Marx hated capitalism and believed that it was the root cause of inequality among the masses.

He believed a society could be made where everyone willingly worked for the betterment of others and society, and not for themselves.

The term social justice has become synonymous with much of Marx’s ideas pertaining to issues like the redistribution of wealth from the haves to the have nots.

So much so that even many Christians have bought into Marxism’s deceptive nature.

Richard Wurmbrand writes in his book, Marx and Satan, that many Christians have turned to Marx’s ideas as the best way to help the oppressed overcome poverty.

This sentiment is echoed in a book called The Fragile Absolute, where Marxist Slavo Zizek argues that “Christianity and Marxism have a direct lineage and should be fighting from the same side of the barricade.” This, of course, lends to the idea that Jesus Christ and Marx both had the same goal, helping the poor.

Even today, many churches are pushing for the ideals of social justice without giving any real explanation as to what they are arguing for.

Jacob Brunton writes in the Cristian Intellectual that there is a push for socialism in the churches that purport to be theologically Christian conservative. Why would this be the case when there is so much evidence that shows wealth redistribution and welfare policy destroys a desire to work and creates dependency?

The church was infiltrated by Marxists in the 1920s and ’30s. This is largely substantiated in an article called Behind the Barricades with Lenin? Making Sense of the Marxist Turn to Christianity in the Literature Classroom by Mitchell Harris. (Note: This article was available to me as a student at Liberty University).

Harris pointed that many Marxists were joining the Christian religion because they viewed Jesus as the embodiment of struggle.

It was not so much that they believed Jesus died on the cross for their sins but Christianity, in its historical context, was compatible with their message of class struggle.

Or so they believe. Bella Dodd, a member of the National Council of the Communist Party USA, and graduate of Columbia University admitted to infiltrating the church in the 1930s.

She believed that Marxist philosophy was more concerned with helping the poor than the Christian Church was.

Dodd later left the Communist party but admitted that the goal of infiltration was to not to destroy the institution, but faith itself. According to an article entitled The Greatest Conspiracy at freerepublic.com, Dodd intended to convince the Church that their beliefs were oppressive, arrogant and close-minded in the sense that they claim to be the sole institution of truth at the expense of every other belief on Earth.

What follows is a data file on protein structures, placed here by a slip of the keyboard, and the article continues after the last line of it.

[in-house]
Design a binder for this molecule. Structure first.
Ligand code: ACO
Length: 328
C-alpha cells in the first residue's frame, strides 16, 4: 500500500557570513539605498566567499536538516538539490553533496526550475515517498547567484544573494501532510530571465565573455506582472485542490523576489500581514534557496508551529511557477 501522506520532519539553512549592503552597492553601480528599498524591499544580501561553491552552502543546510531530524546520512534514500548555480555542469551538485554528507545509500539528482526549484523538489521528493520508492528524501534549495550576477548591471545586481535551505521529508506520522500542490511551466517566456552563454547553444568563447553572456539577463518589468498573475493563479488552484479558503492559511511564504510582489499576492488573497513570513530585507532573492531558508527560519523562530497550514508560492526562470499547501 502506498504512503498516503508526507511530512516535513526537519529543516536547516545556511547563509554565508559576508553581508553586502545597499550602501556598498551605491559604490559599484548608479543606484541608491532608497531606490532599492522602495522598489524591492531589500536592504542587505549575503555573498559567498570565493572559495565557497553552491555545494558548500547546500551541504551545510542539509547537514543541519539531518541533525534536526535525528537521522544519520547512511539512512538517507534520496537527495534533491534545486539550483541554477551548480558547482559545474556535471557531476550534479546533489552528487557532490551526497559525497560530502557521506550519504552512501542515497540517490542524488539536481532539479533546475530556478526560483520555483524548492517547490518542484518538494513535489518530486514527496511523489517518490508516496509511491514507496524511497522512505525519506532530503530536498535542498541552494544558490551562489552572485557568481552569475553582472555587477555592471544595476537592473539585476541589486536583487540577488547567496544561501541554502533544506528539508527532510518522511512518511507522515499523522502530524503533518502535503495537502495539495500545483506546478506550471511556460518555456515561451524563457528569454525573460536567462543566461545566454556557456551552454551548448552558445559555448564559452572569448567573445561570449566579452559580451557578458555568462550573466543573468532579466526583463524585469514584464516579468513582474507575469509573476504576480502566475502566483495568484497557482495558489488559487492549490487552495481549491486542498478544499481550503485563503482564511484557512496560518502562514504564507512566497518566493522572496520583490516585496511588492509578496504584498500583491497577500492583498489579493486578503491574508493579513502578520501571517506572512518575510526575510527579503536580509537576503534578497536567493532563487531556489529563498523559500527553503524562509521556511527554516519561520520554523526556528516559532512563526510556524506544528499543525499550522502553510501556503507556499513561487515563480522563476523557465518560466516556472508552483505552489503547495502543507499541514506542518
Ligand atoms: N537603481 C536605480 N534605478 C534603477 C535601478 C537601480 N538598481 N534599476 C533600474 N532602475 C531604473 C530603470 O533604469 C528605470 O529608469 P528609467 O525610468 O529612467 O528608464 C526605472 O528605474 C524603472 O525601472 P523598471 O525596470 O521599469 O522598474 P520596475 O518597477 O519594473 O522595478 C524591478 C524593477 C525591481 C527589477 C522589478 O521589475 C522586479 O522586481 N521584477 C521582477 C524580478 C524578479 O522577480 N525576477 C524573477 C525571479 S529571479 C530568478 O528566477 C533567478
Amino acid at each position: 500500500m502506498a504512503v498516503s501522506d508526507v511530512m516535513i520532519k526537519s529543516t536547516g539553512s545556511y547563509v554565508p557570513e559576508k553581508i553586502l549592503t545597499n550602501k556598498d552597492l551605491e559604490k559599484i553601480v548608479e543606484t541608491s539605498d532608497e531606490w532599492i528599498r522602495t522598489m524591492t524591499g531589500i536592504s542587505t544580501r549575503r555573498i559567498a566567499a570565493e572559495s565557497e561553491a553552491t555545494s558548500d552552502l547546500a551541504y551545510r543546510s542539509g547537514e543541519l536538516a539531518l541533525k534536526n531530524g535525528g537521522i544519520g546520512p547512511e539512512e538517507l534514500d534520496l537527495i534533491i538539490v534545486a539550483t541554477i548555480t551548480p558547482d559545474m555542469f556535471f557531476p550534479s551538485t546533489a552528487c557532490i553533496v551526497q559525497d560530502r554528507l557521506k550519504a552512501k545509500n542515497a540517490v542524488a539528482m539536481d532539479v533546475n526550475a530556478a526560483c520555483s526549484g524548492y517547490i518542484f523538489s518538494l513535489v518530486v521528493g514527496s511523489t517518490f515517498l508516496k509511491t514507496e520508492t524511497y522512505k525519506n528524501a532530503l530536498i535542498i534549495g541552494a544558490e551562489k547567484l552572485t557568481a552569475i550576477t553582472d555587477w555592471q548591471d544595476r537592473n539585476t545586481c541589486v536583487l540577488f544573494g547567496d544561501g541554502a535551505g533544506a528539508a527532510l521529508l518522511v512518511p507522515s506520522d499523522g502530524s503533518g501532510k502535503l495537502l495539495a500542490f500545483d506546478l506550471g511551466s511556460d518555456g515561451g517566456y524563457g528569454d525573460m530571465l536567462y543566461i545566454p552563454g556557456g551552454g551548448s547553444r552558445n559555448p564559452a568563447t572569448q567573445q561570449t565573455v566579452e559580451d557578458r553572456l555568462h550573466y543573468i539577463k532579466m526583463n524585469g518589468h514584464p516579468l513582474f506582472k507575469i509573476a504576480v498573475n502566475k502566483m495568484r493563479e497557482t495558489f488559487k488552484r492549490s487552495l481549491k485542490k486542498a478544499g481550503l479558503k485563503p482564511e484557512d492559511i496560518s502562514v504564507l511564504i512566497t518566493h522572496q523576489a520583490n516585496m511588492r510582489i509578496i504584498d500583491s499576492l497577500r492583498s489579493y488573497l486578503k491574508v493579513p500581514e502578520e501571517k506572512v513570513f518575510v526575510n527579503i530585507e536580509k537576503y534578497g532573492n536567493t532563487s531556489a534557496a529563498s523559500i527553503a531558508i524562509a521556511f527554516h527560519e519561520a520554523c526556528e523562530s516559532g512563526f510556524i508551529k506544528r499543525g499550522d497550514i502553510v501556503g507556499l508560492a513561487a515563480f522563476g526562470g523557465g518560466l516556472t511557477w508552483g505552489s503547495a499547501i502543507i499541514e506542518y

Marxist philosophy is a direct attack upon man’s free will.

At one time, according to Wurmbrand, Marx was devoutly Christian but later turned against God for unknown reasons.

Many believe that Marxism is inherently atheist, this is not true.

Marx wrote in a poem that he sought to avenge himself against the one who rules above (Wurmbrand).

This indicates that he indeed believed in God but became angry with him.

In another poem Marx wrote:

So, a god has snatched from me my all, In the curse and rack of destiny.

All his words are gone beyond recall, nothing left but revenge for me.

I shall build my throne high overhead, Cold, tremendous shall its summit be.

For its bulwark superstitious dread, For its marshal blackest agony.

Who looks on it with a healthy eye, shall turn back deathly pale and dumb,

Clutched by blind and chill morality, may his happiness prepare its tomb?

Marxism is a direct attack against God himself and all He created.

Man was given free will as a gift from God so that we can choose between good and evil.

Marxism, wealth redistribution, the welfare state and government dependency are all the result of an ideology built from a man who wrote in his own words he that was seeking revenge against God.

Marxist philosophy has led to nothing but suffering and despair because it seeks to redesign what God created.

Marx believed he could create a world where man surrenders his inner inclinations to work for his own betterment.

“From each according to their ability to each according to their need.”

This is not in man’s nature, and just as the fear of losing government benefits contributes to a loss desire to work, the realization that you are laboring for the benefit of someone else has the same effect.

When the government is taxing the working class to give benefits to those who are not working, or even seeking work, there is only one result. Economic ruin.

The idea of a universal basic income is the product of Marxist philosophers who are seeking to destroy capitalism and institute a socialist state.

They are doing this despite the existing evidence that it does not lead to financial equality, but further contributes to economic decline.

It is indeed intentional.

Through the welfare state, they are destroying man’s incentive to take care of himself to place their throne above God’s.

Article posted with permission from David Risselada

The Washington Standard